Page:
Music videos are not what they used to be. Interactive music videos draw the user into the experience, allowing him or her to set their mark on it, and share it with friends afterwards.
In the OK Go video All is not lost (you need a Google Chrome Browser to make it work), you can type a message before the video starts, and see it displayed in the video by human formations of the band. Nifty.
It´s not the first time the band goes experimental. Previously, the band partnered up with Samsung to shoot their toast animation video Last Leaf. Warning! Contains gluten.
Arcade Fire is another band who have thrown themselves on the interactive vid trend.
Cold War Kids´ I´ve Seen Enough
Andy Grammer´s Keep Your Head Up lets you choose scenarios
Sour Mirror uses your information from Facebook and Google and incorporates it into the video.
Bjørk is taking it even further, crossing the line between art and music with her own app, Biophilia
It´s also worth to take a look at the Bullseye app by Polyphonic Spree.
Robyn has been good at pushing the borders with her music expression.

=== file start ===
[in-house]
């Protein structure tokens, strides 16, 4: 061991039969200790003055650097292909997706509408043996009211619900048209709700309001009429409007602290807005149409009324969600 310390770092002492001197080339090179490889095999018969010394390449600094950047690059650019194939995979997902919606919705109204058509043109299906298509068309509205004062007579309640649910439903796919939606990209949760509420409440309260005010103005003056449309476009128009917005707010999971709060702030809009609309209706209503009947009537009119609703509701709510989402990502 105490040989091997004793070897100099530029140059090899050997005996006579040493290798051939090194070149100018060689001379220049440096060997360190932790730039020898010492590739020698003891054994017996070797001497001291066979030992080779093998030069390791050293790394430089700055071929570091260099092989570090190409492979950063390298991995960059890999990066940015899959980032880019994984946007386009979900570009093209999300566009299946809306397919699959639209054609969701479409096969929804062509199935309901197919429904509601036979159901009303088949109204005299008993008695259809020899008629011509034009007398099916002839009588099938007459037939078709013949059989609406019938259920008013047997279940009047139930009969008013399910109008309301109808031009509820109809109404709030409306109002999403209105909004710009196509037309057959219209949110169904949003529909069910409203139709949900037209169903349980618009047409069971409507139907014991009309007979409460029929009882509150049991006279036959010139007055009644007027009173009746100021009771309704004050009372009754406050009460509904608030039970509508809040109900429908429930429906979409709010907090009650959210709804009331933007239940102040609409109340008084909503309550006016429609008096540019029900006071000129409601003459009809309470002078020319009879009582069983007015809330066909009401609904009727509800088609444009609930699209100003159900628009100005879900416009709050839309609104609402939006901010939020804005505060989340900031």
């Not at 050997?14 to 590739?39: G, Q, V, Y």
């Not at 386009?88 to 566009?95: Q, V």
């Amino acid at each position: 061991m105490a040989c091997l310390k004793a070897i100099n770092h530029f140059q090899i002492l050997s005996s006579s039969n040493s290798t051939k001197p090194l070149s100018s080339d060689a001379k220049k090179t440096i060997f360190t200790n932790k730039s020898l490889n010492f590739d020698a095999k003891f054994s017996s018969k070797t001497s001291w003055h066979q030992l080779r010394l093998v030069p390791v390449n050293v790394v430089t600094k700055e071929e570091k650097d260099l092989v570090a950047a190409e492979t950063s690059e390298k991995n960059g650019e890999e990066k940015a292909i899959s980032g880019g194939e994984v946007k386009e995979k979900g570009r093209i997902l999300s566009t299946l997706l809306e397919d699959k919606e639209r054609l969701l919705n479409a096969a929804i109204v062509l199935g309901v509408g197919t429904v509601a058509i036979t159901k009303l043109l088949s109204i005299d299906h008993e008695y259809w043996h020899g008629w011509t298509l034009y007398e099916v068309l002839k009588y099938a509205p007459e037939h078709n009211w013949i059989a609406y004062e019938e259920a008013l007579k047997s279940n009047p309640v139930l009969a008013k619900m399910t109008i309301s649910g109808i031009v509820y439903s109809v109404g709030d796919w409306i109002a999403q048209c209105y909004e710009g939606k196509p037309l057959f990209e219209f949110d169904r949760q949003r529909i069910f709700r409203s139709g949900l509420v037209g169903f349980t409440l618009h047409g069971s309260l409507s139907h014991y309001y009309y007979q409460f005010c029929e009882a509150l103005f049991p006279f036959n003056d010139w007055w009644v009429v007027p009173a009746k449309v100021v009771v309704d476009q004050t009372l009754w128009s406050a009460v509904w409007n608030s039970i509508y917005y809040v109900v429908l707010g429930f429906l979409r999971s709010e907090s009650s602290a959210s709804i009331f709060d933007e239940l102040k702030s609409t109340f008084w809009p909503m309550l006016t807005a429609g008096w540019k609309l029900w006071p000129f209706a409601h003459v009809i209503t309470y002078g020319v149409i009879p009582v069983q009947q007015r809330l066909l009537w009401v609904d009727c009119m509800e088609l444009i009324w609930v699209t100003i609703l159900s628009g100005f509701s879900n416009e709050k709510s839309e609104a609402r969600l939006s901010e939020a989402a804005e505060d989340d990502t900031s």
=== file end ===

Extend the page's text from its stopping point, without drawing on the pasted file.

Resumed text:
In Don’t Fucking Tell Me What To Do the users can hash tag #killing_me on Twitter or Facebook, and tell the world their headaches through the video.
Robyn‘s video for We Dance To The Beat is an interactive beat machine. Here she quite brilliantly uses the medium to serve the song title, lyrics and subject matter and gets you to create a visual and audio stream based on your interpretation of the jam.
Now you can even go shopping in the music video. Devo´s interactive video, What We Do, features links allowing users to buy apparel featured in the video. The user also has the ability to control where the camera lands. Try the interactive version here.
Many interactive music videos go viral and spread through the web rapidly, probing to be a good marketing tool.